Video Games History Facts

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Most Americans are familiar with the video game industry as a user playing the finished product. But a video game goes through several stages and is worked on by several video game industry professionals before consumers are able to enjoy it. Read on to gain an understanding of facts about video games, the history of video games, and how users are incorporating gaming into their lives.  And if you're ready, check out online video game design degrees.

The History of Video Games

a brief history of video gamesIn 1958, the first video game was invented by a physicist named William Higinbotham. He created a table-tennis type game called Tennis for Two that was played on an oscilloscope, an instrument that uses waveforms to illustrate electrical and non-electrical signals—a far cry from what video game consoles would one day be. Nine years later, the “Brown Box,” the first video-game console designed for a TV set, was developed by German-born television engineer Ralph Baer and his colleagues. Since then, the evolution of video game design has progressed to such an advanced stage that some characters look like real people, video games are played as a way to teach and practice skills, and the industry generates billions of dollars each year.

Throughout the 1970s and early 80s, video arcade games and home gaming consoles started to appear on the American market. The legendary game Pong earned its notoriety by becoming the hottest selling Christmas gift in 1975, and Pac-Man changed video arcades forever in 1980. By the early 90s—with Sega’s gaming console in many homes and Nintendo’s Game Boy in many hands—video games became such a presence in American culture that the Senate even launched an investigation into the impact of the violence portrayed in some games.

Today, video games are utilized in a multiplicity of mediums and for countless purposes. Logic games, for example, are played to support brain elasticity and people of many age groups use Nintendo’s Wii, launched in 2008, to maintain an active lifestyle. The exciting new ways in which video games will be incorporated into your everyday life is impossible to predict, but what’s certain is that there will be a continued need for the people who develop and design them.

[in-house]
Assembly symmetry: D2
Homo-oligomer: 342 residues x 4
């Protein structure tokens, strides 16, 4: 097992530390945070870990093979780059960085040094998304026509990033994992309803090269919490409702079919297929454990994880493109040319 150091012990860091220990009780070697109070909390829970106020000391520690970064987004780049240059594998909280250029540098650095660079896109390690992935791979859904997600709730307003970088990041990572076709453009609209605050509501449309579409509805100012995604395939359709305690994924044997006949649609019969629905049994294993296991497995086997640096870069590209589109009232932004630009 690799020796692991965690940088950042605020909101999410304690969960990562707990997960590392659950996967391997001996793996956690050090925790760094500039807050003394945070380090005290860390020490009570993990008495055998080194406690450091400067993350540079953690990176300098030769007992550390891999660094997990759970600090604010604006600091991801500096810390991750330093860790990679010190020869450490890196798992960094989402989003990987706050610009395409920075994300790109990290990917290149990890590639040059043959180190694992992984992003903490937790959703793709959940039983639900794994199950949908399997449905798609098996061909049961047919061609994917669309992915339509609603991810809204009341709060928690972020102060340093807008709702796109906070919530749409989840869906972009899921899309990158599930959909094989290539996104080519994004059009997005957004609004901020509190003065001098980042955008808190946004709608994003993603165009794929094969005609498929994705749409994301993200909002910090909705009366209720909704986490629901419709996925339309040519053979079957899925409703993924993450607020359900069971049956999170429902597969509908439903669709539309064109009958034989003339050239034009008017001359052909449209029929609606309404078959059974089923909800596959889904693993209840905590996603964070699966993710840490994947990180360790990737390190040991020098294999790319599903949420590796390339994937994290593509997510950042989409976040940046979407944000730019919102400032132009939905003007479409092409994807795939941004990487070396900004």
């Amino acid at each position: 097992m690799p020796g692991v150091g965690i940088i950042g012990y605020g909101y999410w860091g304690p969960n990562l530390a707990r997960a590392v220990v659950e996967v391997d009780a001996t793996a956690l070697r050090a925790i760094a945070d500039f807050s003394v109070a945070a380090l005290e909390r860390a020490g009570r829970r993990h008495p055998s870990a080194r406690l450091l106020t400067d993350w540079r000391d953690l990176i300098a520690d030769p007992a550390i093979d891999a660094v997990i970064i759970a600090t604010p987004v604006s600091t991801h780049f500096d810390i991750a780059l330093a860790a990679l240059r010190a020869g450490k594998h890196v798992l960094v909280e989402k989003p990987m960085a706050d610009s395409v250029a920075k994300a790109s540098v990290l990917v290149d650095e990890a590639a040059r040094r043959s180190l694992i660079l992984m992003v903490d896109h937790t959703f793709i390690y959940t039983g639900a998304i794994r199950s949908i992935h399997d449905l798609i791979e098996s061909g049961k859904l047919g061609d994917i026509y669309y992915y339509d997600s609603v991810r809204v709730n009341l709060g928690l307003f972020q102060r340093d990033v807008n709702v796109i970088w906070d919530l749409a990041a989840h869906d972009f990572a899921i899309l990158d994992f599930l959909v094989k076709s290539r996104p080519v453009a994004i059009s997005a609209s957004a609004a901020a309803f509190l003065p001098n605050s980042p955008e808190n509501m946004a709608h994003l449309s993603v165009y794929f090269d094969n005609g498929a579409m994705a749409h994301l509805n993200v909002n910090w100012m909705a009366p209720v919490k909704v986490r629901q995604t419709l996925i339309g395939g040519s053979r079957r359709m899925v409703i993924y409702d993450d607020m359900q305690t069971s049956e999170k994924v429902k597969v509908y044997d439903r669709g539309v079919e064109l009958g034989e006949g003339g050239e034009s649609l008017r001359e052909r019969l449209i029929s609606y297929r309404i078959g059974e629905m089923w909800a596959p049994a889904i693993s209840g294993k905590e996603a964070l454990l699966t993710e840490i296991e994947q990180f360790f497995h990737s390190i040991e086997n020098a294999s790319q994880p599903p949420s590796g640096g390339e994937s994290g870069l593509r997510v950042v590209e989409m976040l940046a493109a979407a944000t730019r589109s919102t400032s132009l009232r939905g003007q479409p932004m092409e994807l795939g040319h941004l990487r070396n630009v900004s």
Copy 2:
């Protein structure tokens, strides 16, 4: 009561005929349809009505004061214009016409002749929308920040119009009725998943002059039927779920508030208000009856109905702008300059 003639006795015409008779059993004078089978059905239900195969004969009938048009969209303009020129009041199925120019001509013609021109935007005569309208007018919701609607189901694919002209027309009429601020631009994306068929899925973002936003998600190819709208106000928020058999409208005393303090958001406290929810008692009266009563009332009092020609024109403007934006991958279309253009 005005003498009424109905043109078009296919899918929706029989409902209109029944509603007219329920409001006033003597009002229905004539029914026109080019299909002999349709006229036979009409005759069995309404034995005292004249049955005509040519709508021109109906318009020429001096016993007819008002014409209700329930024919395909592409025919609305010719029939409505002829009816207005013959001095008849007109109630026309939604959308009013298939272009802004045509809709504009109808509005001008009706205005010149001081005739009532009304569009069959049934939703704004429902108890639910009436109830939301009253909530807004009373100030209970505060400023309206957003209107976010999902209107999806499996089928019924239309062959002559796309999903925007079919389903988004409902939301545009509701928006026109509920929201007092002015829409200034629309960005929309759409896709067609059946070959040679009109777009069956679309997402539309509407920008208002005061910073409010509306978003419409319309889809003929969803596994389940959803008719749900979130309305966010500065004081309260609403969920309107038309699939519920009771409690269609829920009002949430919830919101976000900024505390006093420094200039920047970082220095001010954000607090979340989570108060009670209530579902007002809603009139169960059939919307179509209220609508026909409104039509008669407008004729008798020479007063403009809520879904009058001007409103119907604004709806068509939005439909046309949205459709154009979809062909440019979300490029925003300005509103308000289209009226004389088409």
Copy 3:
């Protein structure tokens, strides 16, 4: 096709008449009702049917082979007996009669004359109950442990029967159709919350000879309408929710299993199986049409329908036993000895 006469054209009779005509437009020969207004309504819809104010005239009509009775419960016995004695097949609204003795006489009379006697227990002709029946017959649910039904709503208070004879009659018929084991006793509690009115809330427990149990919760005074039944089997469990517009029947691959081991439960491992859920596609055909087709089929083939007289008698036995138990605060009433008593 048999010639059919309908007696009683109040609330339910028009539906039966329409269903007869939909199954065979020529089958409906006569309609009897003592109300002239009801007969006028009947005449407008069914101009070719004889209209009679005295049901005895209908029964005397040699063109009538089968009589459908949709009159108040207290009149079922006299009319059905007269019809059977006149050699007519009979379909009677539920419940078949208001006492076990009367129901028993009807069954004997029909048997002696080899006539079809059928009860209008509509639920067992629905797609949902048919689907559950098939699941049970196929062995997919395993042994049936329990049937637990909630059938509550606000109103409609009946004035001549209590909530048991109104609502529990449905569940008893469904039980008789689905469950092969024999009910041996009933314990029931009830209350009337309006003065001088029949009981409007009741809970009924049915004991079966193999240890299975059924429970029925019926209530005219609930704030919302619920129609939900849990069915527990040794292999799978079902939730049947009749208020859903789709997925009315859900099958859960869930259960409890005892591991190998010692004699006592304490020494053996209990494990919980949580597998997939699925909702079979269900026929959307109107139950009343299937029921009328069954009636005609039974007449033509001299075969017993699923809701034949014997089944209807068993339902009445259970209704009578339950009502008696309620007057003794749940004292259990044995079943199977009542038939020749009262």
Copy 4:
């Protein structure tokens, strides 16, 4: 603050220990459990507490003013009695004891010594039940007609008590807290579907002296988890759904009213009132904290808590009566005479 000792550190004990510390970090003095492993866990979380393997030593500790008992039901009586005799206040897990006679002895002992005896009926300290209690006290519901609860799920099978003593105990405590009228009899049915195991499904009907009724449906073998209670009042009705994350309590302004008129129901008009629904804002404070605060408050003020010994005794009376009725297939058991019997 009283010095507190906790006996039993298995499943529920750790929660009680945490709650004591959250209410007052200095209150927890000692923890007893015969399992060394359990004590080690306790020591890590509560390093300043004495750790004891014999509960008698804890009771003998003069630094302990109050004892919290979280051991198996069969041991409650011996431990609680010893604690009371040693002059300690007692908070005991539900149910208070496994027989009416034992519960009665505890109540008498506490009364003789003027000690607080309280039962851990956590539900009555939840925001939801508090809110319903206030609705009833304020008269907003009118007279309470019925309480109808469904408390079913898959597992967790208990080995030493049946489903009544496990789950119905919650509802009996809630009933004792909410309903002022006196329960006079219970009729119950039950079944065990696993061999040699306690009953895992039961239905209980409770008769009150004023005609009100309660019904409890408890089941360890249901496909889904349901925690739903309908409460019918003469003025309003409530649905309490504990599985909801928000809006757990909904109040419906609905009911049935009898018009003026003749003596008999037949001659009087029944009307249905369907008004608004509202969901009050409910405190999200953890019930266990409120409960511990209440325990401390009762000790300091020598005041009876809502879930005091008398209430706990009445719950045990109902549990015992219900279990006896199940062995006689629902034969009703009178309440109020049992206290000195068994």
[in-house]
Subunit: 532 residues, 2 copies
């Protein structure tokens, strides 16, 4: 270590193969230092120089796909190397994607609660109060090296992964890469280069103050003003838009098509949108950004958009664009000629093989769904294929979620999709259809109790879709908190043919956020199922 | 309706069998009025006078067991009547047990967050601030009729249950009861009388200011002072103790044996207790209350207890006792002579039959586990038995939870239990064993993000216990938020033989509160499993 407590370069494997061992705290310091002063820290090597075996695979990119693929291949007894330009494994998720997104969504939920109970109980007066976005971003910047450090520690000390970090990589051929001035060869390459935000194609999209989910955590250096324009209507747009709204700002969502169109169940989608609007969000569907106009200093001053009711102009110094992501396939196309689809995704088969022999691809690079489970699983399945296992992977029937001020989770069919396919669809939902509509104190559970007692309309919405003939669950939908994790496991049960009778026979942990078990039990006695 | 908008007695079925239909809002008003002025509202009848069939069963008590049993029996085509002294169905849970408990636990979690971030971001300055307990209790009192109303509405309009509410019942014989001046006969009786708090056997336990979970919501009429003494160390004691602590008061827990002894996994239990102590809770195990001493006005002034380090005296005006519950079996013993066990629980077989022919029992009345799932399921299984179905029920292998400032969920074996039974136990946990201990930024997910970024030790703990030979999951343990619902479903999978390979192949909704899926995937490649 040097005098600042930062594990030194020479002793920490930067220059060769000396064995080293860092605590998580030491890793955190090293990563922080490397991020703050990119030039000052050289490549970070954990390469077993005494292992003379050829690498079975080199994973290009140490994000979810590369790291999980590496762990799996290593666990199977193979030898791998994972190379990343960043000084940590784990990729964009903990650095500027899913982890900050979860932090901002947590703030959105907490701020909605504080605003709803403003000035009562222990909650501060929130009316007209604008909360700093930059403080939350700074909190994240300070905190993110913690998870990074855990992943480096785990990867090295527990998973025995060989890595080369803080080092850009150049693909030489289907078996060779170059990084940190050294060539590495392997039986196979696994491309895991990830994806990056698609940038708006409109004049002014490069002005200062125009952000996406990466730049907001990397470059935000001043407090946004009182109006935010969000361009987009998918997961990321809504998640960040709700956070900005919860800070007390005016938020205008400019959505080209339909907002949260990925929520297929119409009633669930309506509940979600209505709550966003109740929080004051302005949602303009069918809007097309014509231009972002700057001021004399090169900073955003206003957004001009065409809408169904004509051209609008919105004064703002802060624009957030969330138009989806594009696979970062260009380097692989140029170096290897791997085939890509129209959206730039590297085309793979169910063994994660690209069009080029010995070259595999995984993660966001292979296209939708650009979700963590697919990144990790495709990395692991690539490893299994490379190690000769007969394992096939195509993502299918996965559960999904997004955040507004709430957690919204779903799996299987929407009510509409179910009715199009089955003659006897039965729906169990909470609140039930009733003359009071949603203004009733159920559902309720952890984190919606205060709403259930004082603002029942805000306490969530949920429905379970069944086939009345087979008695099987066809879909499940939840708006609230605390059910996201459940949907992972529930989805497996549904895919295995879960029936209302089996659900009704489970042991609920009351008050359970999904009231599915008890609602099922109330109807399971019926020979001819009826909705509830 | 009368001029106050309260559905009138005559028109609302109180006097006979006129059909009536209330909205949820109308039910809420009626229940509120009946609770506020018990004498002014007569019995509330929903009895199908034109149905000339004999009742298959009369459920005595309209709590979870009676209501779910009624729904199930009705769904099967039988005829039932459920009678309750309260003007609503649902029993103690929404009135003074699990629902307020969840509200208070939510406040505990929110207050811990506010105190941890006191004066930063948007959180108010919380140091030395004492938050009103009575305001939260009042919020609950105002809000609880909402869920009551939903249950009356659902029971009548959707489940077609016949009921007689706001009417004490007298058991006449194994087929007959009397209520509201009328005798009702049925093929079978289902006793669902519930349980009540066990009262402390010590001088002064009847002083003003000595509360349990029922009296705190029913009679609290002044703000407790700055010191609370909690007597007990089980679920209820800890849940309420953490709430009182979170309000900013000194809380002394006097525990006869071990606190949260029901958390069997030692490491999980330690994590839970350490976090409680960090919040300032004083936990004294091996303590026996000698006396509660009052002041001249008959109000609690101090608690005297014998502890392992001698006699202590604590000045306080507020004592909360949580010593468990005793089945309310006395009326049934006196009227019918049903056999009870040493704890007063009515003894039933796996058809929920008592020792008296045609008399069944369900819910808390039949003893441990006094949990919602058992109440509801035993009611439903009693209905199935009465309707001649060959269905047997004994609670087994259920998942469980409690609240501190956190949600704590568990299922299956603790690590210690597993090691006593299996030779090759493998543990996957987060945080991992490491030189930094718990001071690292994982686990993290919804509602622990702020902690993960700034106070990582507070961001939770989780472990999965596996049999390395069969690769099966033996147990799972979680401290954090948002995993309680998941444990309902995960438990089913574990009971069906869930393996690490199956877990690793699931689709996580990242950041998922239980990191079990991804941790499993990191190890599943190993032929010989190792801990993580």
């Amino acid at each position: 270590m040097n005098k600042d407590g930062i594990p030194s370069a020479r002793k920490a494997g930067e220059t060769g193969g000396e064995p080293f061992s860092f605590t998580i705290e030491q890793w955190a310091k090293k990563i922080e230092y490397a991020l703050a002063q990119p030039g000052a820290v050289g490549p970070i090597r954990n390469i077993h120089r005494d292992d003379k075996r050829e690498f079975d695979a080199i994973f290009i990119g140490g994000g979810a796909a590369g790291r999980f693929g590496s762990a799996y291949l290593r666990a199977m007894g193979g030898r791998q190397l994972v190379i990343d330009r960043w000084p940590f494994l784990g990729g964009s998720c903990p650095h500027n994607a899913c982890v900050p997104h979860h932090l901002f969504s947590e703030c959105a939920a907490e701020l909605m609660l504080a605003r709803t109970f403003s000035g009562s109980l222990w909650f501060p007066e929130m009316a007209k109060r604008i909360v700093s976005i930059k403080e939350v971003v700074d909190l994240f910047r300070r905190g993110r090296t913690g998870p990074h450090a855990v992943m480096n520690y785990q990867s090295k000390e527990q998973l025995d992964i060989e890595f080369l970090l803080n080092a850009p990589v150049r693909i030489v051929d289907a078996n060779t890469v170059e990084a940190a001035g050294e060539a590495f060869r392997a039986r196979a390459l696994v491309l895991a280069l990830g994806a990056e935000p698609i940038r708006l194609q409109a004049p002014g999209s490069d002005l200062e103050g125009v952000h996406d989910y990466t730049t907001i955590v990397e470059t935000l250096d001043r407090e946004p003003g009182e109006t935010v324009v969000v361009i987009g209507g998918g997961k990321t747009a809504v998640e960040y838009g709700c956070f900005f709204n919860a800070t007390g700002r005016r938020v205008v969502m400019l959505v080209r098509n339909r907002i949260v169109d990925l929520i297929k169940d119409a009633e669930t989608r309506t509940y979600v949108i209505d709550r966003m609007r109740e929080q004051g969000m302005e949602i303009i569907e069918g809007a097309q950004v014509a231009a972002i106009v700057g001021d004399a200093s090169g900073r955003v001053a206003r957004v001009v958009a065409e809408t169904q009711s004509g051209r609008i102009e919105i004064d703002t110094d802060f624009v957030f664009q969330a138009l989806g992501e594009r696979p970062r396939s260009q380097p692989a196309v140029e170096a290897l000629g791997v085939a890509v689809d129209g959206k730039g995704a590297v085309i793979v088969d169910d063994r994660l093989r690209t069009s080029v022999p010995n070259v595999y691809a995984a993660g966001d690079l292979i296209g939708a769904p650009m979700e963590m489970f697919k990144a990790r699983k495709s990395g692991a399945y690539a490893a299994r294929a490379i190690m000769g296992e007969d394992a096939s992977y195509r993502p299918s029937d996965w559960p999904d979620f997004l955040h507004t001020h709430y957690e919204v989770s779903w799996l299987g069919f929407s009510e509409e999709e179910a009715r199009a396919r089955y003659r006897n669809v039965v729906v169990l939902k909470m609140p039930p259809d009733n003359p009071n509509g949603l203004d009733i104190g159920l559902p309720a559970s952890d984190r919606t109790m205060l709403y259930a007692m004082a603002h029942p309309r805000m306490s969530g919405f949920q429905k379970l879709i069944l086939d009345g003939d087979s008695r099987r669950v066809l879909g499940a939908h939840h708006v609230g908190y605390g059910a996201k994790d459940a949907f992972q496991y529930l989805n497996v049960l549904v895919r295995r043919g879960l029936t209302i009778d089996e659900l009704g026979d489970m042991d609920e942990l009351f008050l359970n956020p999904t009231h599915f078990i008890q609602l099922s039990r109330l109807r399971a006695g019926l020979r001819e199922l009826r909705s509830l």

Facts About Video Games- The Industry and Its Users[i]

  • 58% of Americans play video games.

  • In 2012, people in the U.S. spent $20.77 billion dollars on the video game industry, including content, accessories, and hardware.

  • Each U.S. household has an average of 2 game players.

  • Age of players: 32% are under 18; 32% are 18-35 years; 36% are 36 years and above.

  • Gender ratio of players: 55% male, 45% female.

  • Some reasons gamers gave for purchasing video or computer games: interesting storyline, sequel to a favorite game, quality of game graphics, word of mouth.

  • Gamers who have increased their time spent gaming in the last three years are watching 49% less television and 58% less time playing board games.

  • 32% of gamers play with family members, 42% with friends, and 16% with a significant other or spouse.

  • 52% of parents say video games are a positive part of their children’s lives.

  • Best-selling computer game genres in 2012: 26.7% casual; 28% role-playing; 24.9% strategy; 7.1% adventure; 6.2% shooter.

The Lifecycle of a Video Game

Whether an idea for a video game comes from someone’s mind or is licensed from a movie or television show, this idea kickstarts the video game’s lifecycle of production. Games played on social media are usually quicker to go through the production process than games specifically made for consoles, which often feature complex programming and can take an average of 18-30 months.[i] See how a game goes from an idea to user-ready in the steps below.

  • Preproduction: In this foundational stage, lead designers will make an outline for the game’s concept, which may include the storyline, distinguishing features (such as a new kind of gameplay or innovative graphic), and character illustrations. Lead artists and programmers can then use this outline to create a game prototype.

  • Production: The outline compiled in the pre-production stage dictates to designers how the game needs to be constructed; to engineers how to technically create what the designers ask for; and to the artists what features they should add to the characters, backgrounds, textures, objects, and animations. Once the look is approved, programmers then build the game’s tools and graphics system. Different elements of the game may change and evolve during the production phase, but the original design outline is used as a road map.

  • Postproduction: This phase involves testing the game to find and fix errors, eliminate unnecessary elements, and test quality assurance. The game is then released to the public. Errors and changes sometimes need to be made even after the game is made available to users.

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Information brought to you by Adam Gallagher